Radbend Begins And Ends Radan Returners Process

Groundhog - Wales

Laser cutting on a fully automated Bystronic Fiber 3kw machine driven by Radan, now takes precedence over punching, for a leading manufacturer of sheet metal welfare units for construction site and road workers.

Welsh firm Groundhog produces units for workers to wash, sit, eat and change their clothes on site. Made from high tensile CA 240 cold-rolled steel, they can be static for long term sites, or mobile for ease of switching from one site to another. Groundhog were one of the first companies to introduce mobiles around 20 years ago, enabling contractors to avoid the cost of transporting and installing static assemblies.

They manufacture 600 mobiles and 240 static units annually. The mobiles are all 2.5 metres wide, and come in four lengths between 3.6 and 6 metres, while the statics are 2.9 metres wide and either 6.1 or 7.6 metres long. Facilities include seating areas for six, eight or 12 people, offices, showers, toilets and hand washes, noticeboards, televisions, wi-fi routers and 3G.   

RadbendGroundhog had used Radan for many years, then changed to another sheet metal CAD/CAM system which had links with MRP software. Design Manager Matthew Stevenson says: “I wanted to improve communication with the shop floor by linking the sheet metal CAD/CAM software to MRP, and at the time, Radan couldn’t provide that. But we had issues with the new supplier right from the start.”  

Eventually, after a period of having to constantly scrutinise the NC code as it was selecting the wrong tools, they decided to move back to Radan, which he says is now fundamental to their manufacturing process. 

“The business couldn’t operate without Radan. I can say categorically there’s nothing else on the market that can offer the same solution to our requirements.” Even more so, now that Radan has just introduced Radmanager, enabling it to integrate more fully into Groundhog’s complete I.T. structure.

“This is exactly what I wanted,” he says. Overall, Radmanager has direct links with Radan CAD/CAM and can communicate easily with ERP systems, creating nests from multiple customer orders, maximising efficiency and sheet utilisation, and managing their customer orders through the nest production process.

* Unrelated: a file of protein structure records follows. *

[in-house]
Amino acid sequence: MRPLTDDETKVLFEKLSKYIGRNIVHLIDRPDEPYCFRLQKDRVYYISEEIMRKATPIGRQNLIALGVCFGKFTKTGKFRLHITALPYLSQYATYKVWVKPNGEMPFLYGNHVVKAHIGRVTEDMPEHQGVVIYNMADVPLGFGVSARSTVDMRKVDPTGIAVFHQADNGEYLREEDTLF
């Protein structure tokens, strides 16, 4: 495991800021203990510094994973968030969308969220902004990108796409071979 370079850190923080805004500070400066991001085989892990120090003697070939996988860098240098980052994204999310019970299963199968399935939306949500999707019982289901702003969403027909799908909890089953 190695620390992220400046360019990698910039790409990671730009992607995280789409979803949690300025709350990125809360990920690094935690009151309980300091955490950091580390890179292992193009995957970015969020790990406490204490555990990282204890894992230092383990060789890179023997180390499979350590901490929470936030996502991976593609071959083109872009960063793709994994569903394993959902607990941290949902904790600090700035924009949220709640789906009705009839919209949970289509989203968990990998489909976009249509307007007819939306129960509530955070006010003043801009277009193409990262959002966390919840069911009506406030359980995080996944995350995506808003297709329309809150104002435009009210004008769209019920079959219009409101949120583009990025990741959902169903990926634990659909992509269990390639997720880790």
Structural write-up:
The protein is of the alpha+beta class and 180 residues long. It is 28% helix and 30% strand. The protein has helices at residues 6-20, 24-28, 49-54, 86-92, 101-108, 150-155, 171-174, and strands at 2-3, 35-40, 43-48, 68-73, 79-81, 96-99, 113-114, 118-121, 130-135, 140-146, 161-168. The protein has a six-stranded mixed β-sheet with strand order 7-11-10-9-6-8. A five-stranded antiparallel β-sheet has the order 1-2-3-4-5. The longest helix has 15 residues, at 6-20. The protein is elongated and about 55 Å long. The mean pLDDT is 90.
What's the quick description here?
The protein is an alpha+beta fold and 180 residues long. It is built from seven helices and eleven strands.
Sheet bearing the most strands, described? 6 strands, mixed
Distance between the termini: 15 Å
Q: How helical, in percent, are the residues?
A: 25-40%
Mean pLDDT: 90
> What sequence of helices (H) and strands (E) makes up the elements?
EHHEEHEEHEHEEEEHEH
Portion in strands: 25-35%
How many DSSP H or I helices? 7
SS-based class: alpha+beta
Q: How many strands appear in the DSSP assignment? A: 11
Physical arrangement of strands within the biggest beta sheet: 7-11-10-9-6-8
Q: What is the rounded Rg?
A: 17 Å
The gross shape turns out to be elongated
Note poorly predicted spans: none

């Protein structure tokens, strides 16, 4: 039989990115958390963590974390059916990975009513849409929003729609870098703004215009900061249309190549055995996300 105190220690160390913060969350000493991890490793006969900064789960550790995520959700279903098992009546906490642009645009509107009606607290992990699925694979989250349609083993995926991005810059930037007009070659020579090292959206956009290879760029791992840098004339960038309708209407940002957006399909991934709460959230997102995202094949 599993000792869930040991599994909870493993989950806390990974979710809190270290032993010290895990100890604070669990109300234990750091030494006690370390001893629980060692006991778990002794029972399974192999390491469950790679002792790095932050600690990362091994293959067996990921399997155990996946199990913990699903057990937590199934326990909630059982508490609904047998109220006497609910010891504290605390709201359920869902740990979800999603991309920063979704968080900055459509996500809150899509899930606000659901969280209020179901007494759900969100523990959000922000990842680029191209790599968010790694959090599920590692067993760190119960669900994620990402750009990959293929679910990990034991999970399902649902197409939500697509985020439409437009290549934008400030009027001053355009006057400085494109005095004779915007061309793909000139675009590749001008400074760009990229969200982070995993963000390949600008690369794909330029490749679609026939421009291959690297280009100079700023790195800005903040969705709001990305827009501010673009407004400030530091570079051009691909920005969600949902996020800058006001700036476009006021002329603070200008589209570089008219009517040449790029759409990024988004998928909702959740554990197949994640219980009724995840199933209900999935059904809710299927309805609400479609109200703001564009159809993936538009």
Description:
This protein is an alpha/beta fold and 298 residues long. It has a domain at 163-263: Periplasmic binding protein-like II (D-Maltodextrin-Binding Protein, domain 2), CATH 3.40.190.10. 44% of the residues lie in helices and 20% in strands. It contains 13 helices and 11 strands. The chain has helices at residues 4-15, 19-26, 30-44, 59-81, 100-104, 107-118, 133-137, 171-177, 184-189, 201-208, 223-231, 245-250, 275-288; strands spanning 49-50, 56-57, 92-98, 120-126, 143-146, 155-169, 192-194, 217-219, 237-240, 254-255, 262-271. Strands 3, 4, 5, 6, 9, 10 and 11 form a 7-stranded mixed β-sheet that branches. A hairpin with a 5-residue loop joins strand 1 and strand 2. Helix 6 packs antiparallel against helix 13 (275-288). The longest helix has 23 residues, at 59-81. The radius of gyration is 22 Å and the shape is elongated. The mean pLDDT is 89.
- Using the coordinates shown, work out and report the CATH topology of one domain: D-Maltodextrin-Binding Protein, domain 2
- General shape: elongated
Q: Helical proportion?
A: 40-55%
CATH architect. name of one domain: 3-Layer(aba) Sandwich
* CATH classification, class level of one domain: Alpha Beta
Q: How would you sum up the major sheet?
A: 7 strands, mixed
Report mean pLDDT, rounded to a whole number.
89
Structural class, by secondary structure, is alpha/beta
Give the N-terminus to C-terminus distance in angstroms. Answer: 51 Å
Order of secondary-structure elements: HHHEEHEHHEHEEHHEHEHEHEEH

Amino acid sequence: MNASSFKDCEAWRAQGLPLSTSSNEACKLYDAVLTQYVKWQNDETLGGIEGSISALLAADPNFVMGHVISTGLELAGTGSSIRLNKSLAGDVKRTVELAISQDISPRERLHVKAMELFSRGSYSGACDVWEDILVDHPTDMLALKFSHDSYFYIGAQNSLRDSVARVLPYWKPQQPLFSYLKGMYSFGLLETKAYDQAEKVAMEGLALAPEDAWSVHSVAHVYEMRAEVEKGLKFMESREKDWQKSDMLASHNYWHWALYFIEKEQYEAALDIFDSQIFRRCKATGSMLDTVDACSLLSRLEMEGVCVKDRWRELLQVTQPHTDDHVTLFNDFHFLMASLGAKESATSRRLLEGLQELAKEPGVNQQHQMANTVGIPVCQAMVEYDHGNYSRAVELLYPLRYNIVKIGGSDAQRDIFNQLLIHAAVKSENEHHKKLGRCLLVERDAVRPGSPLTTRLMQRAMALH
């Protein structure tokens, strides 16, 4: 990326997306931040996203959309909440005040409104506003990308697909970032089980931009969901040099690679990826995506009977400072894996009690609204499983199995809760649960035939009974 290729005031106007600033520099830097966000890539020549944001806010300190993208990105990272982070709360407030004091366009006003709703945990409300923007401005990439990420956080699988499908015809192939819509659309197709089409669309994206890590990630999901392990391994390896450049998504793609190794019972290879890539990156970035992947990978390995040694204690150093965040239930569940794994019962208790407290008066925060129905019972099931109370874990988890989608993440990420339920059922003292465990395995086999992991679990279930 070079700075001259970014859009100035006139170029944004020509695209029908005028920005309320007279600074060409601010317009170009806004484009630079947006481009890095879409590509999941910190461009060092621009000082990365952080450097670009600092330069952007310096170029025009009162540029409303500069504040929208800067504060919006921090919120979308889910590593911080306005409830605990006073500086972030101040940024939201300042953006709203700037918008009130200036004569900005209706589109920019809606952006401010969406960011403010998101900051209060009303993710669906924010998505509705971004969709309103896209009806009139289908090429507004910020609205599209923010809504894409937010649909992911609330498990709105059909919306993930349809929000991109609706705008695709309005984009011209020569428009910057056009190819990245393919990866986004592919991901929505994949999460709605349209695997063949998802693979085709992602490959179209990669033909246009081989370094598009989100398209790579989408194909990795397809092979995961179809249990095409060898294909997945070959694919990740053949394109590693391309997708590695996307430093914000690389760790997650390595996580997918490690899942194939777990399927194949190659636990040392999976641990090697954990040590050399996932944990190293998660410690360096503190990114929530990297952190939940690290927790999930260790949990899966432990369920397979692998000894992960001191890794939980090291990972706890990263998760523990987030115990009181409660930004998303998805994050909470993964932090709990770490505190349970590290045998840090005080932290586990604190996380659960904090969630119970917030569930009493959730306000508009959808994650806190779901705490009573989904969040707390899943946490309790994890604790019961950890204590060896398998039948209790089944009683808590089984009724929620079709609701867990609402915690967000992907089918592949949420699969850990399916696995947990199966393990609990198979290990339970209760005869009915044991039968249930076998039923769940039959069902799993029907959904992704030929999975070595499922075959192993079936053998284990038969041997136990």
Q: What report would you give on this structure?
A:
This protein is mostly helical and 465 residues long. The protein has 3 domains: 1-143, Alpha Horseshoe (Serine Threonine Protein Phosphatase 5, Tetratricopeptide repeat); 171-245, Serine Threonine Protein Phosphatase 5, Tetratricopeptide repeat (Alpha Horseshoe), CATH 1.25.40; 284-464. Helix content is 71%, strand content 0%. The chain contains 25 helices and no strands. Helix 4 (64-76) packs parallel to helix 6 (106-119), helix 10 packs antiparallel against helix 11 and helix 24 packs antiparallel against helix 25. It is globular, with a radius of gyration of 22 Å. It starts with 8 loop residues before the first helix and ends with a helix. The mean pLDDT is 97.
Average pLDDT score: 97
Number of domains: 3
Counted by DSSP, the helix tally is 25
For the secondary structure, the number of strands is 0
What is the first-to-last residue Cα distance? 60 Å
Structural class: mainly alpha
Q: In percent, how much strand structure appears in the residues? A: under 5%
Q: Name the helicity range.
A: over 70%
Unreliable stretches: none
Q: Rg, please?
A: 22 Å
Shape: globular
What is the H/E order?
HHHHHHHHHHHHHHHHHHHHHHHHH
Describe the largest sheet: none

Around 100 different sheet metal components go into an average unit, mainly cut on the laser now. Radan also drives their Trumpf 2020 punch press and four Bystronic press brakes. 

Laser is their preferred cutting technology, as the line is equipped with a ByTrans Extended tower, giving them considerably more automated throughput of sheetsSheet Metal Inspections and parts, meaning production can continue after the shop floor closes for the night. “Our standard items are made from 1.5 and 2 mm steel, most of which can be cut on the laser at around 20 metres a minute. The only time we use the punch now is if the component has any rolling offsets or other features that specifically require punching.”

While 1.5 mm gauge accounts for more than half the 100 tons of steel used each month, the laser cuts thicker metal just as efficiently. “For example, it’s cut steel up to 15 mm, along with 8 mm 310 stainless, and 10 mm aluminium.”  

Groundhog has four seats each of Radpunch and Radprofile, with two of Radbend. And the bending software begins their process as well as creating the final folds at the end of the production line.  

Matthew Stevenson says: “When we design the components in Autodesk Inventor we use Radbend to make sure they can be bent as we wish, before we even take it into Radan. It also allows us to check the tonnage and that the right tooling is available, along with flanges and clearances.”

He creates projects, comprising multiple items within the bill of material, applies priorities and selects sheets. “The auto nester does the rest, and then I see if anything needs tweaking. I can get a nest created, adjusted and onto the shop floor in around 30 minutes, all done in Project Nesting, as that enables me to see what’s been nested and what hasn’t.”

Material utilisation is also important to Groundhog, and he says spending additional time on a fixed nest for a long-running program is easily justifiable. 

He is particularly impressed with how Radan 3D analyses the model immediately after it’s imported, showing a bill of material-style parts list in the new right-hand side panel. “It shows whether we can progress the sheet metal parts top the next stage, by detailing whether the material is available and if the thickness has been properly calculated, considerably reducing the risk of errors.” 

  • As well as the welfare units, Groundhog also produces completely bespoke confined-space training assemblies, used by Government employees, the fire service, and workers who have to go down sewers and pipelines. People enter through a rooftop hatch, and find themselves in a maze. They work their way through, undertaking a series of tasks relevant to their jobs.

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